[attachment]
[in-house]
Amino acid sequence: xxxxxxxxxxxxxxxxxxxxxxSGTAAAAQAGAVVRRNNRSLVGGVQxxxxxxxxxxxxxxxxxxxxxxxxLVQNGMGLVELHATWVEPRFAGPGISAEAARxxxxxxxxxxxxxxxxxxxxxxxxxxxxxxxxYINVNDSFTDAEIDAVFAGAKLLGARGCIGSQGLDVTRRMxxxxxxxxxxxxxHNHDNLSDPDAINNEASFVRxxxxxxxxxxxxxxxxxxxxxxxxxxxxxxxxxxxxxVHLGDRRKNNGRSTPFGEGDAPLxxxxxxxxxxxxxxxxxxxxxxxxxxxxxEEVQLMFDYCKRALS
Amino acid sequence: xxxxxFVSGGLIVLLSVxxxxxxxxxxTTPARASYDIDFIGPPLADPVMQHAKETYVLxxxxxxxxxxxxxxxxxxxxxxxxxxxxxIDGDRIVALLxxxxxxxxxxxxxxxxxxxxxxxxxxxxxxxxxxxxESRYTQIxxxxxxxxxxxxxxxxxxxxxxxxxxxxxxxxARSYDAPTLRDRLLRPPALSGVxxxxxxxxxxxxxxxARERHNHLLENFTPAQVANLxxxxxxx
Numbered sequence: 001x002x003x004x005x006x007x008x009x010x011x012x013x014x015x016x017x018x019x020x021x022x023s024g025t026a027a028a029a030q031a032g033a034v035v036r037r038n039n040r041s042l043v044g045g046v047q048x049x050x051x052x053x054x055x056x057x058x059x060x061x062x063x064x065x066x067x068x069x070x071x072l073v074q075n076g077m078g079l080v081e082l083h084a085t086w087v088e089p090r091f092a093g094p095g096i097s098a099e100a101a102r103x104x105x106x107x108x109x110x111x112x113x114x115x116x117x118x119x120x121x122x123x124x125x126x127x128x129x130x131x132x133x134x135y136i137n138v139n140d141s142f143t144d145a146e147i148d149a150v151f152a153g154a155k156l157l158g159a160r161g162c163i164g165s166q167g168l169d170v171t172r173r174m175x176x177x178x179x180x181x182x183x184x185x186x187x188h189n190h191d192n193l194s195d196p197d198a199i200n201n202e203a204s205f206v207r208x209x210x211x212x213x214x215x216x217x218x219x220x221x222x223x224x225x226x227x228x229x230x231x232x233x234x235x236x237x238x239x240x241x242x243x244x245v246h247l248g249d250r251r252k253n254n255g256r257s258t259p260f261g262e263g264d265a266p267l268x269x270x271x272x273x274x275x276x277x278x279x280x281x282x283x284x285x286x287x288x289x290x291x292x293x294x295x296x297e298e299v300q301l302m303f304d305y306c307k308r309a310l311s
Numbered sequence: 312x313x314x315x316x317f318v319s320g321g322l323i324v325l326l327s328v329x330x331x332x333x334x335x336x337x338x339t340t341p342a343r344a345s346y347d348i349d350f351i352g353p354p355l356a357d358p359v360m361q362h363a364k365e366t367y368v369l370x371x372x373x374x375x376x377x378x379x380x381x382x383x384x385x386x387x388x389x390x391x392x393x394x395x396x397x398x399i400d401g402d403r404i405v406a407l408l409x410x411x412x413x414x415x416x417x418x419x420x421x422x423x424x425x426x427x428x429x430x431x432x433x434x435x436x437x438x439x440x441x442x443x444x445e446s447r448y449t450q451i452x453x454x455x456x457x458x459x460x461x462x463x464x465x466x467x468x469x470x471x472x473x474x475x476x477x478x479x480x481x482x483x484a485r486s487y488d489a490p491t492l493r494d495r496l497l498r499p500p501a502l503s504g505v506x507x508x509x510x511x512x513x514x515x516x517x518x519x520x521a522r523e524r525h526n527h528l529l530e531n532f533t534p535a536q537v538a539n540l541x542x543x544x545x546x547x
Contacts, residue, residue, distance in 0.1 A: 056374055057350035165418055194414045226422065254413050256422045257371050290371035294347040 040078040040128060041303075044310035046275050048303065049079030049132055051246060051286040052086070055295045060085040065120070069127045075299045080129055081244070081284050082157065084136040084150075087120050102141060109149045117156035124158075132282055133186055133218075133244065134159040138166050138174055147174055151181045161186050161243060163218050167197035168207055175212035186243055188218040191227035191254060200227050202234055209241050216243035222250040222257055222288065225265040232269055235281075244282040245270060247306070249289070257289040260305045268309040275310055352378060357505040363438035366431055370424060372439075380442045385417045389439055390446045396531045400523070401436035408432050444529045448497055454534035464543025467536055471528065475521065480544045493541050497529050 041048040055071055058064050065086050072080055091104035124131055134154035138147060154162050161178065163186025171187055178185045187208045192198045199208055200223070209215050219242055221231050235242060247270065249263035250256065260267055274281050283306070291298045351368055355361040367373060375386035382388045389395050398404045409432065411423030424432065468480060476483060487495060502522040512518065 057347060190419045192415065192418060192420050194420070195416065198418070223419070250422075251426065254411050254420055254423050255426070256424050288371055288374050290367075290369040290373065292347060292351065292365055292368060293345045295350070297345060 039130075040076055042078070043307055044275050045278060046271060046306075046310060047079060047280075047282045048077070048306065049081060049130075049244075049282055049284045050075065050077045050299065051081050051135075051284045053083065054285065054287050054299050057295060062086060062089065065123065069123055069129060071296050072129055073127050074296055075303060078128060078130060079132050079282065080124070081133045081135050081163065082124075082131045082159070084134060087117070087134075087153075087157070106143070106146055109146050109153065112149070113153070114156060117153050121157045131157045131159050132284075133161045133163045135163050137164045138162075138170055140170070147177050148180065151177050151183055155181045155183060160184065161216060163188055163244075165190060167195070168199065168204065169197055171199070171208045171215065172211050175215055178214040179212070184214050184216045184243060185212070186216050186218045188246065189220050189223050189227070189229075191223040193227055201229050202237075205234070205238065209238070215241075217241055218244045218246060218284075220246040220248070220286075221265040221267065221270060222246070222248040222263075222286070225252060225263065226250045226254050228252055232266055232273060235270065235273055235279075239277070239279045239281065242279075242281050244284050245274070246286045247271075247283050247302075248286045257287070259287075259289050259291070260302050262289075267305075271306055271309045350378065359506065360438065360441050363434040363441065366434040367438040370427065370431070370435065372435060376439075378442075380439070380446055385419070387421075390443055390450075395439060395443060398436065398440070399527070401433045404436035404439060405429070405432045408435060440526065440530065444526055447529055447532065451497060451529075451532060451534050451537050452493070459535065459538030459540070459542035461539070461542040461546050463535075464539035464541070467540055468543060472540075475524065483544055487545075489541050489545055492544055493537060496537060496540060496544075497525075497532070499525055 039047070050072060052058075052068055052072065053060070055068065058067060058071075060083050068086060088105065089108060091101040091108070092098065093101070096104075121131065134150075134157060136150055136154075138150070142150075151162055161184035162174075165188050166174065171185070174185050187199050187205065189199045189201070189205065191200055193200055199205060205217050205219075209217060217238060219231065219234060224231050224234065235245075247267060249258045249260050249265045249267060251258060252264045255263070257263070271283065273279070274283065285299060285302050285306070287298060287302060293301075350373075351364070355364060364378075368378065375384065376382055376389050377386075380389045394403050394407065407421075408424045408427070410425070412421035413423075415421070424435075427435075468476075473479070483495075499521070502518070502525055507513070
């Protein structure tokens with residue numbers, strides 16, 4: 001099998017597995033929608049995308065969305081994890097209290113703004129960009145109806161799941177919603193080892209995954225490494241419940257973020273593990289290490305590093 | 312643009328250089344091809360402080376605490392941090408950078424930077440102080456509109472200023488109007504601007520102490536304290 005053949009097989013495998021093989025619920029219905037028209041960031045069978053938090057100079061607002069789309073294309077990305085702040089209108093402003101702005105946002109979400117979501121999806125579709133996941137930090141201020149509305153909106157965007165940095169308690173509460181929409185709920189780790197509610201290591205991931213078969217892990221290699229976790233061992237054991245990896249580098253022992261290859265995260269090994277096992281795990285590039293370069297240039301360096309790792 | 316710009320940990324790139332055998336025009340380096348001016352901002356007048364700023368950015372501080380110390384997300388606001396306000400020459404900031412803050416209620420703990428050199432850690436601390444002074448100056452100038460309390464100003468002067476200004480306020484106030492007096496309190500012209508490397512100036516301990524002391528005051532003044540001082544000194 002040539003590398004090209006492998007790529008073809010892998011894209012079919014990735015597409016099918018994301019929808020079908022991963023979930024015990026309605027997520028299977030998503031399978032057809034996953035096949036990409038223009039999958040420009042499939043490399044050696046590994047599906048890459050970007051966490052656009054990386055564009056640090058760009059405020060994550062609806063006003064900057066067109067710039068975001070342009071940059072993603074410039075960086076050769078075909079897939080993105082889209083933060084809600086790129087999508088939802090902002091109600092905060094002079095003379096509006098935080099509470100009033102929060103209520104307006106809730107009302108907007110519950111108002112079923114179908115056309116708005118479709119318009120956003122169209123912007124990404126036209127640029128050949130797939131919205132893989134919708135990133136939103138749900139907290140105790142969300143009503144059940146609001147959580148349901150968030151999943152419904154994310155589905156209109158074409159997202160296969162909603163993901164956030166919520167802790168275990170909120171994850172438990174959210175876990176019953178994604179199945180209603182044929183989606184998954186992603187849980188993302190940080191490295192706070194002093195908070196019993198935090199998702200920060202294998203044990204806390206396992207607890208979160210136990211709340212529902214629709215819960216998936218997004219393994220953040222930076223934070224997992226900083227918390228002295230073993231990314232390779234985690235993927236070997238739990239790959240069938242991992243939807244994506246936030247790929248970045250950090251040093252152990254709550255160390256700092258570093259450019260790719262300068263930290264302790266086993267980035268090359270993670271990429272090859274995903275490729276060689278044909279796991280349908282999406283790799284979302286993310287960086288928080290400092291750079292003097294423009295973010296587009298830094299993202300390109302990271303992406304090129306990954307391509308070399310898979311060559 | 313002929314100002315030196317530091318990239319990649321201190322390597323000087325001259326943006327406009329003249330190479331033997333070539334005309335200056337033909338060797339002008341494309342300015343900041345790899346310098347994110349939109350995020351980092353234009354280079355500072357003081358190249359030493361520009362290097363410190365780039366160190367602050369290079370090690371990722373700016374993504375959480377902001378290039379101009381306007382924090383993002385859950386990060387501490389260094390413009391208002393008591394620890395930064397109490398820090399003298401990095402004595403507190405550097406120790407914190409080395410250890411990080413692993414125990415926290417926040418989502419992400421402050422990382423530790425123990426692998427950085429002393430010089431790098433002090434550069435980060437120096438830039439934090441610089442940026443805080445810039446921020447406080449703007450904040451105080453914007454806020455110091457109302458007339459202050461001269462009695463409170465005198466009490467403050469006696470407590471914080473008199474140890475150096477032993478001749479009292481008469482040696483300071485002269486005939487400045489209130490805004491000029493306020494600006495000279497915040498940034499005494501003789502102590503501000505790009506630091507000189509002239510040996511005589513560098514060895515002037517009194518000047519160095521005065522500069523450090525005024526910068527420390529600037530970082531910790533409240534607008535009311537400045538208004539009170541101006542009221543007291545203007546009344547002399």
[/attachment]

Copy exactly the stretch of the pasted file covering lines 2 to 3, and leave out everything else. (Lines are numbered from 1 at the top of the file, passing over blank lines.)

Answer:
Amino acid sequence: xxxxxxxxxxxxxxxxxxxxxxSGTAAAAQAGAVVRRNNRSLVGGVQxxxxxxxxxxxxxxxxxxxxxxxxLVQNGMGLVELHATWVEPRFAGPGISAEAARxxxxxxxxxxxxxxxxxxxxxxxxxxxxxxxxYINVNDSFTDAEIDAVFAGAKLLGARGCIGSQGLDVTRRMxxxxxxxxxxxxxHNHDNLSDPDAINNEASFVRxxxxxxxxxxxxxxxxxxxxxxxxxxxxxxxxxxxxxVHLGDRRKNNGRSTPFGEGDAPLxxxxxxxxxxxxxxxxxxxxxxxxxxxxxEEVQLMFDYCKRALS
Amino acid sequence: xxxxxFVSGGLIVLLSVxxxxxxxxxxTTPARASYDIDFIGPPLADPVMQHAKETYVLxxxxxxxxxxxxxxxxxxxxxxxxxxxxxIDGDRIVALLxxxxxxxxxxxxxxxxxxxxxxxxxxxxxxxxxxxxESRYTQIxxxxxxxxxxxxxxxxxxxxxxxxxxxxxxxxARSYDAPTLRDRLLRPPALSGVxxxxxxxxxxxxxxxARERHNHLLENFTPAQVANLxxxxxxx